Patrice Bernier chose to abandon his hockey career when it was traded from Val d’Or Fourours to Sherbrooke Falcons in his second season at QMJHL in 1998.
The future Montreal Impact Commander felt betrayed and struggled to deal with the forced departure of this team he had adopted, and forced to uproot himself, a year earlier.
He finished the season at Sherbrooke, but then switched to football full time by joining the Syracuse University team, before signing his first professional contract with Impact.
His career choice was finally a good one. He had to work hard on the small pro circles before hoping to make it to the NHL, while football covered him with glory and determined his existence.
Patrice Bernier undoubtedly would have liked to have had an attentive ear in the middle of a little hockey game to better deal with his emotions at the time.
The greatest footballer in Quebec history also had to live with the daily ups and downs of a black athlete in the assertive white hockey world, in a somewhat more folkloric era of Quebec junior hockey.
Help is within reach of players
When Natasha Lorenz, QMJHL’s Director of Player Services, called him recently to call for him to form a seven-member committee to update and improve the player assistance program, Bernier agreed immediately.
“When I was playing at QMJHL, we were told unacceptable things,” he says over the phone. We no longer tolerate that day. In the way you talk to players and support them. We didn’t know much in the past. We want to show the players that help in all forms is within their reach. ”
Other members of this “wise” committee include Francois Bernier, a retired Montreal Police Department officer, and expert on Blainville-Boisbriand Armada; Francois Boisvert, Senior Educator at the Syna-Psy Clinic, expert in Shawinigan cataracts; Sylvain Crotto, General Manager Sport’Aide; Simon Janney, ex-QMJHL player and attorney at Lavery Avocats; Sylvan Gaimond is a sports psychologist, lecturer and author of several books. Isabelle Leclerc, Distinguished Athletic Director, and Senior Women’s Hockey Coach with the University of Montreal’s Carabins.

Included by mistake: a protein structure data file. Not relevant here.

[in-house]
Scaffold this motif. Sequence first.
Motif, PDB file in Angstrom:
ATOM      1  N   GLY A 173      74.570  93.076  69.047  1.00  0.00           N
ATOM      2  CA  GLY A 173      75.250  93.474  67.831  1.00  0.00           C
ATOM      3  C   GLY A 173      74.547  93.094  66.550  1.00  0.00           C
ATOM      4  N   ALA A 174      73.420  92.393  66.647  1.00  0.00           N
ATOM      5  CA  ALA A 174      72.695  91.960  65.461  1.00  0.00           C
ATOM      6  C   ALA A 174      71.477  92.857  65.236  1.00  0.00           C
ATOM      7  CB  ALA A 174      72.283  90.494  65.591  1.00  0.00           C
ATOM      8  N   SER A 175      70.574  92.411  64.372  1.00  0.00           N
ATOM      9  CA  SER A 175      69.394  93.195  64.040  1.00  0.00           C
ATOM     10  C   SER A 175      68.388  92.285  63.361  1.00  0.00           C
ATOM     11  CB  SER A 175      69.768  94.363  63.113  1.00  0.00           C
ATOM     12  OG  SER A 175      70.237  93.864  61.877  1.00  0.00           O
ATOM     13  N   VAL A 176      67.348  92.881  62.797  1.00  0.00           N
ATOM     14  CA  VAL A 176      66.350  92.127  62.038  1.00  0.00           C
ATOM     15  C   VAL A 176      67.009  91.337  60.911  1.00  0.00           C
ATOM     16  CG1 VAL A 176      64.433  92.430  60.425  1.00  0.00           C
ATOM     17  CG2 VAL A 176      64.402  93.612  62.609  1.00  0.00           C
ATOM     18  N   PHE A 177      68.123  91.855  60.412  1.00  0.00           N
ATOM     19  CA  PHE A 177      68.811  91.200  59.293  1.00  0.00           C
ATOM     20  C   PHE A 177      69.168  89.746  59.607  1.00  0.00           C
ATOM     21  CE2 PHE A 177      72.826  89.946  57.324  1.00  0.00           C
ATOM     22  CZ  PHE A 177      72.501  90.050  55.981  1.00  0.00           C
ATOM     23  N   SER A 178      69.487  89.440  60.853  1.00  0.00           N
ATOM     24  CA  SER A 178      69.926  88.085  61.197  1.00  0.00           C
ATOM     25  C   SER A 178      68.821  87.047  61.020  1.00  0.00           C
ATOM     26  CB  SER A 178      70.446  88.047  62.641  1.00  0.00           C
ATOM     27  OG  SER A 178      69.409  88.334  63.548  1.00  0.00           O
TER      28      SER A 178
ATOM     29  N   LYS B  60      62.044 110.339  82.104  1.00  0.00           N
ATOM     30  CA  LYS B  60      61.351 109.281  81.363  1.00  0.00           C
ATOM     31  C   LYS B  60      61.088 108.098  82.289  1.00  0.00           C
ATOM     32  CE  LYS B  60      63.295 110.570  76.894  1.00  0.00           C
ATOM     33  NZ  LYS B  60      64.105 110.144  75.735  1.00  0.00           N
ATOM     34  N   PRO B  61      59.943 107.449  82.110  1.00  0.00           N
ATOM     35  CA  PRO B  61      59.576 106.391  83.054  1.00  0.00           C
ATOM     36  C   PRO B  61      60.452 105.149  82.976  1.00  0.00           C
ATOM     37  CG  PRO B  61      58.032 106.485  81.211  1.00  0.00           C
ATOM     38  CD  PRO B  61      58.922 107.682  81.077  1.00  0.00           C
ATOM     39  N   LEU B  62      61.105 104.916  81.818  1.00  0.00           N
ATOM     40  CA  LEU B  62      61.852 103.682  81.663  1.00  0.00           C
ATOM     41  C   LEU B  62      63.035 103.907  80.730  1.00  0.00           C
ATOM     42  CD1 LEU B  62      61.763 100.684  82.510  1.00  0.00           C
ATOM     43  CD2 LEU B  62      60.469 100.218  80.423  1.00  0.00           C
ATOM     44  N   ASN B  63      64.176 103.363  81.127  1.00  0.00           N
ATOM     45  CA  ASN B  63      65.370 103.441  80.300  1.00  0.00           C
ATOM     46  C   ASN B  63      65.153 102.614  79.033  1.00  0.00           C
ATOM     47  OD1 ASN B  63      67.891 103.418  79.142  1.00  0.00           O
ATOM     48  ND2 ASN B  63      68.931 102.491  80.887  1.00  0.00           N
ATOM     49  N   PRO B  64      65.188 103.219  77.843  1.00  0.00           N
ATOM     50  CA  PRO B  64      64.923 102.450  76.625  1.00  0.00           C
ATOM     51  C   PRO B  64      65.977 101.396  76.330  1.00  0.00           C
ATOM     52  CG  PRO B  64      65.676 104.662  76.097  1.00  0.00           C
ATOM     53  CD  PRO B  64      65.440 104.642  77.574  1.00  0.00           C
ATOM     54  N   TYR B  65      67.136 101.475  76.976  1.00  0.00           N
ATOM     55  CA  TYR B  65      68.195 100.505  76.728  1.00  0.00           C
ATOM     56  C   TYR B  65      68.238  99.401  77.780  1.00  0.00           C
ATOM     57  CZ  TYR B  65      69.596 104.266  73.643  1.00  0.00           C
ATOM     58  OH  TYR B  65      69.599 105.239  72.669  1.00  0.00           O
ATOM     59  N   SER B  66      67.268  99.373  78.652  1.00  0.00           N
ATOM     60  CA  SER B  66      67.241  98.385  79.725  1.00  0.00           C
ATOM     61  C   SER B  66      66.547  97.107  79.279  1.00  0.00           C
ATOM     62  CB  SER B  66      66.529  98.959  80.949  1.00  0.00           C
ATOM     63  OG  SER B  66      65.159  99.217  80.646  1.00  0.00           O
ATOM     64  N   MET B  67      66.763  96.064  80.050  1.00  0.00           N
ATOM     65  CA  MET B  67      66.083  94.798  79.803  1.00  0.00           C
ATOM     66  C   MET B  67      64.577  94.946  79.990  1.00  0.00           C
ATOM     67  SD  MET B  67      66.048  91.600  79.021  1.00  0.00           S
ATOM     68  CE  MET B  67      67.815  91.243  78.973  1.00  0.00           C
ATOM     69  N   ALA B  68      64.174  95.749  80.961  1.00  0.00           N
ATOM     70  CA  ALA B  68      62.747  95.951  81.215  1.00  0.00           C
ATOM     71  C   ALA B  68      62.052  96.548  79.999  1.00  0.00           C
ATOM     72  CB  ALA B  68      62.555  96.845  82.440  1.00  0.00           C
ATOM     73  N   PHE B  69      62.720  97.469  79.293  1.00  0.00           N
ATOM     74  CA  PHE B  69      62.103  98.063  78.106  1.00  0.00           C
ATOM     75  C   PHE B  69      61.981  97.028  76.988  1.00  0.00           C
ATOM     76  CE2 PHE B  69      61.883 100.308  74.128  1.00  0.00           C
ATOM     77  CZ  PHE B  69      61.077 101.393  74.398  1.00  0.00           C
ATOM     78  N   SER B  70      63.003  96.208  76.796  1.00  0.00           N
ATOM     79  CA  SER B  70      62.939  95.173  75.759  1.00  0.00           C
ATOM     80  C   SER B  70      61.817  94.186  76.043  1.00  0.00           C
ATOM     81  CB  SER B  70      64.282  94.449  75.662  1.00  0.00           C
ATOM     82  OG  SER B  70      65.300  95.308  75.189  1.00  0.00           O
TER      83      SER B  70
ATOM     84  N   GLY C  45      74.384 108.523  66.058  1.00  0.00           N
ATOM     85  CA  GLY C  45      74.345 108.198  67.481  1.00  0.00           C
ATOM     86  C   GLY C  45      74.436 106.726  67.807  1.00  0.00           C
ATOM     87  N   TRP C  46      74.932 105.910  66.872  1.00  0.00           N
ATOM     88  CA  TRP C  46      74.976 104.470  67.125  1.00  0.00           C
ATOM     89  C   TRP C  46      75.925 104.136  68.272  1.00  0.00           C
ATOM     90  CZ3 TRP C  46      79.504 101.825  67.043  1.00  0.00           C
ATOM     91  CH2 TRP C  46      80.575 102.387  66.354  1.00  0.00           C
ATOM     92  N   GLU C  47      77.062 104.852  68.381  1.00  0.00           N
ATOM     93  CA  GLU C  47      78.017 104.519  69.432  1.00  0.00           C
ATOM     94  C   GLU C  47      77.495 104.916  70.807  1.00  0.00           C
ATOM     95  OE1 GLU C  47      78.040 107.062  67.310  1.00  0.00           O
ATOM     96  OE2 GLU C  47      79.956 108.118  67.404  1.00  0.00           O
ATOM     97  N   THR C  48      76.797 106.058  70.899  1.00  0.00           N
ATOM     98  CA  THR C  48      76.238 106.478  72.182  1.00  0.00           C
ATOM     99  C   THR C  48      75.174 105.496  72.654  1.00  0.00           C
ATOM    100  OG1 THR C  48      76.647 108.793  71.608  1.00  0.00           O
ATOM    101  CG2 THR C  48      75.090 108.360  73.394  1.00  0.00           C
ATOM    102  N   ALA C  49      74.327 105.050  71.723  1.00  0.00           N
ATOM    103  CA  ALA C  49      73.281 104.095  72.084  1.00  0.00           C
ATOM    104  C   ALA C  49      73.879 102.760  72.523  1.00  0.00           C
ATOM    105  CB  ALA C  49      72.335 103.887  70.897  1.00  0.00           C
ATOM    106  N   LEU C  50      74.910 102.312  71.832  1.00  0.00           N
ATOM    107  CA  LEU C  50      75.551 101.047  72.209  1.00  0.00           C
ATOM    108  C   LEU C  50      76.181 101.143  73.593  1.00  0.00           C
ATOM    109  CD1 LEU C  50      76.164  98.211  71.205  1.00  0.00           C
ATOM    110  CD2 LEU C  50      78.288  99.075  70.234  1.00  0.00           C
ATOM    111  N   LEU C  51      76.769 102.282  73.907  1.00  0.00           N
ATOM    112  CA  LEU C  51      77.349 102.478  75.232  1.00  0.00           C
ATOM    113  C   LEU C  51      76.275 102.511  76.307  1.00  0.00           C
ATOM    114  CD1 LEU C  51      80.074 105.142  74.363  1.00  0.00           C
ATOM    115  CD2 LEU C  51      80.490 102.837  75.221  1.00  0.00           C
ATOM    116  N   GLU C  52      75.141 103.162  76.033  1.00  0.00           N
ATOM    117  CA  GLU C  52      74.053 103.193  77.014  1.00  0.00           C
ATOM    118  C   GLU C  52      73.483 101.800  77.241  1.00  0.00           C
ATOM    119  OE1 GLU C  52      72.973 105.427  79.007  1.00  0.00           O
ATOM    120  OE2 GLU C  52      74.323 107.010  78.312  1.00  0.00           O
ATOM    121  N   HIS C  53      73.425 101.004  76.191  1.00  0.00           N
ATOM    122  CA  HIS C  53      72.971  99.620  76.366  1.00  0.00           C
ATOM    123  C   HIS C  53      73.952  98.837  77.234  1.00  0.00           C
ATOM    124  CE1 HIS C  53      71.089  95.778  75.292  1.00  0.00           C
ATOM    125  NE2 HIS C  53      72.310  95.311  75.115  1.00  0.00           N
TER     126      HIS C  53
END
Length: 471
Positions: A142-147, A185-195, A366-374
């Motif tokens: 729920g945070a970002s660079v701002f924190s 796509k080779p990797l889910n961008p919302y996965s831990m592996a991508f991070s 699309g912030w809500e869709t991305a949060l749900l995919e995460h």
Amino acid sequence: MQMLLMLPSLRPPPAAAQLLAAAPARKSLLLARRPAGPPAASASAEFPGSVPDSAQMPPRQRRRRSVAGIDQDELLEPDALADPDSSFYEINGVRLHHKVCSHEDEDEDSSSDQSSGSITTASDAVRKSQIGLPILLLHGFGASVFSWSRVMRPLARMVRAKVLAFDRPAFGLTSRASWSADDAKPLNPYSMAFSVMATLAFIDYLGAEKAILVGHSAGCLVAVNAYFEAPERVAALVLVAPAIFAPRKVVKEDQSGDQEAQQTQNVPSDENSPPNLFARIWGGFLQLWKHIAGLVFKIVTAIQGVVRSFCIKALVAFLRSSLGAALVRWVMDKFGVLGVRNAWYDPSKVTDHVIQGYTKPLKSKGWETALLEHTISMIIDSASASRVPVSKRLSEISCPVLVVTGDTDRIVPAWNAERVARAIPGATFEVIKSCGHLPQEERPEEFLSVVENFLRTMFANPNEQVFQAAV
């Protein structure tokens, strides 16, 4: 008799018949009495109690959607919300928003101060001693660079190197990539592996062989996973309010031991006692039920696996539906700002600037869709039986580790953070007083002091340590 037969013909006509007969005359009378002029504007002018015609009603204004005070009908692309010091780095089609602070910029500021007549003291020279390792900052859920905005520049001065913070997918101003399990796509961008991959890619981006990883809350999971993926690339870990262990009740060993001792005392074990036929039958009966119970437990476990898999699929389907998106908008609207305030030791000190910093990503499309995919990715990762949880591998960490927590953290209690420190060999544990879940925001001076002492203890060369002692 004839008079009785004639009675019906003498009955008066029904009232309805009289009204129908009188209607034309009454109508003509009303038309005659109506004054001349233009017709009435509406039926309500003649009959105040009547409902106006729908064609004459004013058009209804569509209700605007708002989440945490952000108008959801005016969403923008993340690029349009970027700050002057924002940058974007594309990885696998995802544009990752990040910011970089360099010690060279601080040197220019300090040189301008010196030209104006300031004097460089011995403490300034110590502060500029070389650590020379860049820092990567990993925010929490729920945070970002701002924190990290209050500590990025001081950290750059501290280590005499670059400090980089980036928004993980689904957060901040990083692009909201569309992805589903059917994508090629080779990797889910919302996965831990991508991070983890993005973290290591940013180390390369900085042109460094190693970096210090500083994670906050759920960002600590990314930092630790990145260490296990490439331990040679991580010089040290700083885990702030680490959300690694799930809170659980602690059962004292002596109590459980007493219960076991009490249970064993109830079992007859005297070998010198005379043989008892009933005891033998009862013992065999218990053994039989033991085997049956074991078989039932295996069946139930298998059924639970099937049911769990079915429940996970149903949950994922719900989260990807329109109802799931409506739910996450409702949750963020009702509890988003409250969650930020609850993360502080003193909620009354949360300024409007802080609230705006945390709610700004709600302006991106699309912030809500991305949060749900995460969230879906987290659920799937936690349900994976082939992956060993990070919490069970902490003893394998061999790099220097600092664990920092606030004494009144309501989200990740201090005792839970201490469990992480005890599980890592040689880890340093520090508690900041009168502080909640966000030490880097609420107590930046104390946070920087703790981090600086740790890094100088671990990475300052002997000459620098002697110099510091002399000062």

“There were times when there were assaults and abuse when I was playing,” continues Patrice Bernier. If I know there are reference people I can contact this would help me. And not just in terms of distinction but for dealing with stress in general.
“We are asked to be prepared for the NHL. We have a lot of things to manage. We always focus on the physical and technical side of the game, and we forget that there is a psychological aspect not only to help the young man but also to increase his performance. The young students remain with their anxieties and doubts.”
The psychological aspect of this environment is often forgotten. “Unlike other individual sports like tennis or golf, where there are life coaches and psychologists, this has always been a taboo in team sport.”
We have to open our eyes and give the tools to everyone, not just the players, but the coaches, the parents and the managers.
QMJHL Commissioner Gilles Corto is pleased with the arrival of Patrice Bernier, who recently left his position as Assistant Coach for CF Montreal to dedicate himself more to his family and join the TVA Sports team.
“To have such a trustworthy person who represents so much for all of the sport in Quebec is a big plus,” says Gil Courto. For us, it is always a pleasure to have the opportunity, as a league, to bring a former player back into our ranks, regardless of position.
“He is a man with a great career in football and QMJHL is, in short, a great professional athlete. I am very happy that he can share his experience internally, but also he can attest to the progress we have made in terms of coaching our players since his years in Val d’Or. He will help us see how We can always be the best we can do to support our players, in various ways over the years, on and off the ice. ”
Patrice Bernier is pleased to note that the initiative of Gail Corto and Natasha Lorenz, in this leading league in many respects in the country, will allow young people to receive assistance that they have never been able to obtain.
“Hockey seems to be moving forward. Help program, I realize we’ve seen a lot in the last year. We need to be more present and show young people that the tools are there.”
In cooperation with Henri Ouellette-Vézina, Journalism